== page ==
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Online Safety

Online safety

The online world offers a wealth of resources for education, entertainment, and connection with other people.  As the use of the internet has increased exponentially during the pandemic, it is important to ensure that everyone, including children, teenagers, and vulnerable adults remain as safe as possible through managing all of the risks the internet poses.

What is ‘Online Safety’?

Online safety refers to the act of staying safe online. It is also known as internet safety, e-safety and cyber safety. It encompasses all technological devices which have access to the internet from PCs and laptops to smartphones and tablets and even to televisions and smart speakers.

Being safe online means individuals are protecting themselves and others from online harms and risks which may jeopardise their personal information, lead to unsafe communications or even affect their mental health and wellbeing.  

Why does online abuse happen?

Abuse occurs because the abuser wants to exercise control over their victim and demonstrates some or all of the following traits:

  • extreme jealousy
  • possessiveness
  • unpredictability
  • uncontrolled and unmanaged rage
  • cruelty to animals
  • verbal abuse
  • extremely controlling or coercive behaviour
  • antiquated beliefs about roles of women and men in relationships.

How prevalent is online abuse?

The growth in the use of the internet, and specifically the use of social media platforms, has increased exponentially since 2006.  During the Corona Virus pandemic, the use of the internet has more than doubled since 2019.  

According to the Office of National Statistics states around one in five children aged 10 to 15 years in England and Wales (19%) experienced at least one type of online bullying behaviour in the year ending March 2020, this is equivalent to 764,000 children.

Further information about the prevalence of online bullying is on page 2.

What are the potential risks of online abuse?

Unfortunately, online abuse can cause mental health problems, including depression, low self-esteem, a feeling of worthlessness and could potentially lead to suicide.

The online risks can be classified under the 3C’s headings 

  • Content this means how children and adults could be exposed to illegal, inappropriate or harmful material on the internet.
  • Contact is about children are adults are subjected to harmful online interaction with other users.
  • Conduct is all about how one’s own personal online behaviour could increases the likelihood of, or causes, harm to others.

How can risks can be managed?

It is very important that all people build their digital resilience.  Within schools and work environments, there are safeguards in place such as policies and procedures to prevent anyone from coming across inappropriate content including the fire wall which prevents access to inappropriate sites.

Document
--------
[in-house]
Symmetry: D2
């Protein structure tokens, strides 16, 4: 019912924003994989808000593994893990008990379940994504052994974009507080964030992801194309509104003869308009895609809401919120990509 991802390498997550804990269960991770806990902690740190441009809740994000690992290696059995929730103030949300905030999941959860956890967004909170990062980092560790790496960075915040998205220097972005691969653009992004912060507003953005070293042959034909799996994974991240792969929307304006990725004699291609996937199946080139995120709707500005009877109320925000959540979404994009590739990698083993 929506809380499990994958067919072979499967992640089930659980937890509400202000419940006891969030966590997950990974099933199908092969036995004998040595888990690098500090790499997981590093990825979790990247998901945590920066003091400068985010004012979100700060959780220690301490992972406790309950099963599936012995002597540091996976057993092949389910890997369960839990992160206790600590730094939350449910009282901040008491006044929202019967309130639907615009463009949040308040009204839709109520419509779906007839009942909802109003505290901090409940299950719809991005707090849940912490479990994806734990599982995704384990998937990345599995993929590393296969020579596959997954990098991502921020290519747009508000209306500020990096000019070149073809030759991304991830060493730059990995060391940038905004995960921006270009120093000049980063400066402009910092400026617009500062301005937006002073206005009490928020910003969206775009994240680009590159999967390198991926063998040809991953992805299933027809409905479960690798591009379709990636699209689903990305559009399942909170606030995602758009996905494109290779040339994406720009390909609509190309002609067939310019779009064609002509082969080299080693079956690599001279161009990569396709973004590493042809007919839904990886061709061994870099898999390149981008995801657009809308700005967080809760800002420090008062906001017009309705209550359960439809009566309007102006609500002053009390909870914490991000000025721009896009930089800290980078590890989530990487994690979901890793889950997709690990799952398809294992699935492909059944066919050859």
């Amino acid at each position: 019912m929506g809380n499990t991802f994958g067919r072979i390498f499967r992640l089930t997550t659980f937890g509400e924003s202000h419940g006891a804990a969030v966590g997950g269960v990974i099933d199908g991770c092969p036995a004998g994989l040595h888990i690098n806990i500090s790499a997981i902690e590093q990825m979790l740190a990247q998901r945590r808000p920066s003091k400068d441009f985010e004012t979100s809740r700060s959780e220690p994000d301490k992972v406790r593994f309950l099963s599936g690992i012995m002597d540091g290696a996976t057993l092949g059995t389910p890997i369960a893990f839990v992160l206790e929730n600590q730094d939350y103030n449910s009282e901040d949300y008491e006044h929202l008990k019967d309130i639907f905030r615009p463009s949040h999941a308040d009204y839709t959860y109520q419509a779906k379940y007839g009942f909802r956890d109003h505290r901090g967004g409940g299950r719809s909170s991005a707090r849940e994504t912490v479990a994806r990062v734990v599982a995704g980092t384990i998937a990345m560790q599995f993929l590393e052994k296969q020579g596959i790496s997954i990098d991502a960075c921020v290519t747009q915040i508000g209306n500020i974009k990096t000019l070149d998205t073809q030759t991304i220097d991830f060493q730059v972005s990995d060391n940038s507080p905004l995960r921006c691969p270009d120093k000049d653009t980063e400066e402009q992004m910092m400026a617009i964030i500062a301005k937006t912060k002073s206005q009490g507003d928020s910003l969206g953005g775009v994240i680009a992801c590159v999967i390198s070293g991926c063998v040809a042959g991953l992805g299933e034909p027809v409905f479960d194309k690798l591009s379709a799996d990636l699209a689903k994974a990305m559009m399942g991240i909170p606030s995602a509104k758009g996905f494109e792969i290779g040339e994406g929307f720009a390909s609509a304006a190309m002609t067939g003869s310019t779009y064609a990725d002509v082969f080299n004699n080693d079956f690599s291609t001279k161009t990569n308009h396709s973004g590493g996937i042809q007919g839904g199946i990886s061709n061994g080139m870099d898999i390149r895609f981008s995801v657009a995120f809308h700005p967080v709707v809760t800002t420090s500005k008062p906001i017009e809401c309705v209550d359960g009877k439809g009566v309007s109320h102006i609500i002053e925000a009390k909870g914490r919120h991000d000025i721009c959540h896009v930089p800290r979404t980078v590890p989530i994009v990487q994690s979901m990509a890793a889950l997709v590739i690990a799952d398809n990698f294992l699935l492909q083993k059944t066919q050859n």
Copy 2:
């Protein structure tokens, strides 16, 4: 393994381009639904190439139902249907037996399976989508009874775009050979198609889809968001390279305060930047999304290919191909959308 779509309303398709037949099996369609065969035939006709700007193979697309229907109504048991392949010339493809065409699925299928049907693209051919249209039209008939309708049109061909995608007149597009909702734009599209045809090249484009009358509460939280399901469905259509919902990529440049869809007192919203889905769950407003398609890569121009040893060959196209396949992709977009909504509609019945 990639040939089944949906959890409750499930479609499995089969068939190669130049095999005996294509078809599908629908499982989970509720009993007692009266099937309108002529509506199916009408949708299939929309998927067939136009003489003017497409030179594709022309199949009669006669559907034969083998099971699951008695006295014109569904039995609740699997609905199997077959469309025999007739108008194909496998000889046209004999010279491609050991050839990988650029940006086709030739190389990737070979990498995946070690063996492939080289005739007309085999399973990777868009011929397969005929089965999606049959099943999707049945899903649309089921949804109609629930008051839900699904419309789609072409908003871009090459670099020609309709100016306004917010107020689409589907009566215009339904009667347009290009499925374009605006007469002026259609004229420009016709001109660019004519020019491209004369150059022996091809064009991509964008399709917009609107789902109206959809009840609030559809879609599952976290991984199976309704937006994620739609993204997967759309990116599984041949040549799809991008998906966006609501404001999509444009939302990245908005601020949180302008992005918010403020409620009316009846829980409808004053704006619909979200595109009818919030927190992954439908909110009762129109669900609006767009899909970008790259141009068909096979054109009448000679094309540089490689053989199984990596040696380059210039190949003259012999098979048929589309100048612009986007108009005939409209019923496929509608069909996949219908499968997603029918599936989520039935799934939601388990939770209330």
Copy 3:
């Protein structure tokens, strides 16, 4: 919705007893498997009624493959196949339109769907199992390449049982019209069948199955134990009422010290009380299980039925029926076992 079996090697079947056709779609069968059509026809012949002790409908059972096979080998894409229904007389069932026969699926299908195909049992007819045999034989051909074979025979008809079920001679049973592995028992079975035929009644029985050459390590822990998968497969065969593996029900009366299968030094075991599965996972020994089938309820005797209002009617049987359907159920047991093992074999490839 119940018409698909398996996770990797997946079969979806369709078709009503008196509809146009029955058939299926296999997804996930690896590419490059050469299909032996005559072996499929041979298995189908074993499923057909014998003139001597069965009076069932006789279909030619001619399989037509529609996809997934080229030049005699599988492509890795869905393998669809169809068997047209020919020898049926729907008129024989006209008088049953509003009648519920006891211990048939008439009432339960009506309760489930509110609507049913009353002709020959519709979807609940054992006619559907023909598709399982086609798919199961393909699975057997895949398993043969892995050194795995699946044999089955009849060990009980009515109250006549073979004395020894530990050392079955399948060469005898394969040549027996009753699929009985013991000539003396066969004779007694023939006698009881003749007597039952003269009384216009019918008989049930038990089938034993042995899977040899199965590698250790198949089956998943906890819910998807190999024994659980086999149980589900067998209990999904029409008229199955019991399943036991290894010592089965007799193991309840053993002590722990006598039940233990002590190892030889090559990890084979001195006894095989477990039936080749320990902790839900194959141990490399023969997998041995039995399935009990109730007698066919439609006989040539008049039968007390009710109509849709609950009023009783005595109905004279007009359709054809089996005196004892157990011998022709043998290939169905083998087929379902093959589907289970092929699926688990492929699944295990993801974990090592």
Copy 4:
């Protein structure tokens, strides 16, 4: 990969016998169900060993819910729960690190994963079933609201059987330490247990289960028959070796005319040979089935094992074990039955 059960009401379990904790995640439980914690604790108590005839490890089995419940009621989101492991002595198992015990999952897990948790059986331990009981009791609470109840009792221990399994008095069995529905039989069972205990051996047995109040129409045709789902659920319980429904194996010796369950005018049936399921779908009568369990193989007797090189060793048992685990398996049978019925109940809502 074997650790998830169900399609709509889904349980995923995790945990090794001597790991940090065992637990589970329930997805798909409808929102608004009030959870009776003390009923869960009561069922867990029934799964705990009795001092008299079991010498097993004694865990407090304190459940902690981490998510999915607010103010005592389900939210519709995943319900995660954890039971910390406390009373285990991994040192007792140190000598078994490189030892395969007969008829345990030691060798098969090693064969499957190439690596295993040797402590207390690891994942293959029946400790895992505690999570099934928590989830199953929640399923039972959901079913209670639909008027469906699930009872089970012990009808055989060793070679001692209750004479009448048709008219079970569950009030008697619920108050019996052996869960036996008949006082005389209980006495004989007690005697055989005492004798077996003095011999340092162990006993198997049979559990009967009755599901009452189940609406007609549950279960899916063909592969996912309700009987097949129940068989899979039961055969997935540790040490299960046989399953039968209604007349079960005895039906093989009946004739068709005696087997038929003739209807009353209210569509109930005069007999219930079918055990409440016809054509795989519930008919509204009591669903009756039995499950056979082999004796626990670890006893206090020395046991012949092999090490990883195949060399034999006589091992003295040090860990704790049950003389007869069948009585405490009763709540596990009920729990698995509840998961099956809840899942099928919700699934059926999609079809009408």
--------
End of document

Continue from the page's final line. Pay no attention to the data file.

Therefore, everyone is more at risk within the home environment with parents and carers playing a pivotal role if they are to protect their children online.  This can be very challenging for parents and carers especially as advancements in technology are developing so quickly.

What are Soroptimists doing?

In addition to educating ourselves about Online safety, Soroptimists have been raising awareness of Social Media platforms with students at Freshers’ Fairs.  More recently they have been writing to Police and Crime Commissioners and local Police Forces about the importance of raising awareness of the less well known APPs young people are using in today’s digital world.

Online Safety Bookmark

It was agreed in 2021 that bookmarks were needed for 10 to 14 year old, and that young people should be involved in their design. An invitation was put out to all clubs who had involvement with local schools, to work with a group of students on developing a bookmark. A member of SI Dewsbury & District, who is a teacher at Heckmondwike Grammar School, took this up with her students, and following training on online safety, they were asked to design a bookmark as a house competition. The entries were assessed at the school, and the four winning hand-drawn designs were forwarded to SIYAMS. After much discussion, two were chosen. These were then taken to a printer, and we subsequently had 2,500 of each printed.

They were officially launched at the school, where all four students were awarded a certificate, and the two winning designers were given £15 book vouchers. All the entries were from students aged 11 and 12.

The two new bookmarks, along with the Loves Me, Loves me Not and the Friends bookmarks are available for any Yorkshire club to use in their locality. They are also available for clubs outside Yorkshire at a current cost of £5 for 100.


For more information:

The NSPCC, Childline and Thinkuknow websites provide excellent advice for parents.  In addition, the NetAware App reviews popular sites, apps and games and details the minimum age for games or social media apps, highlights ‘what children say’ and ‘what parents say’ about the different aspects.  It also suggests whether it is high, medium or a low risk app or game.




Net Aware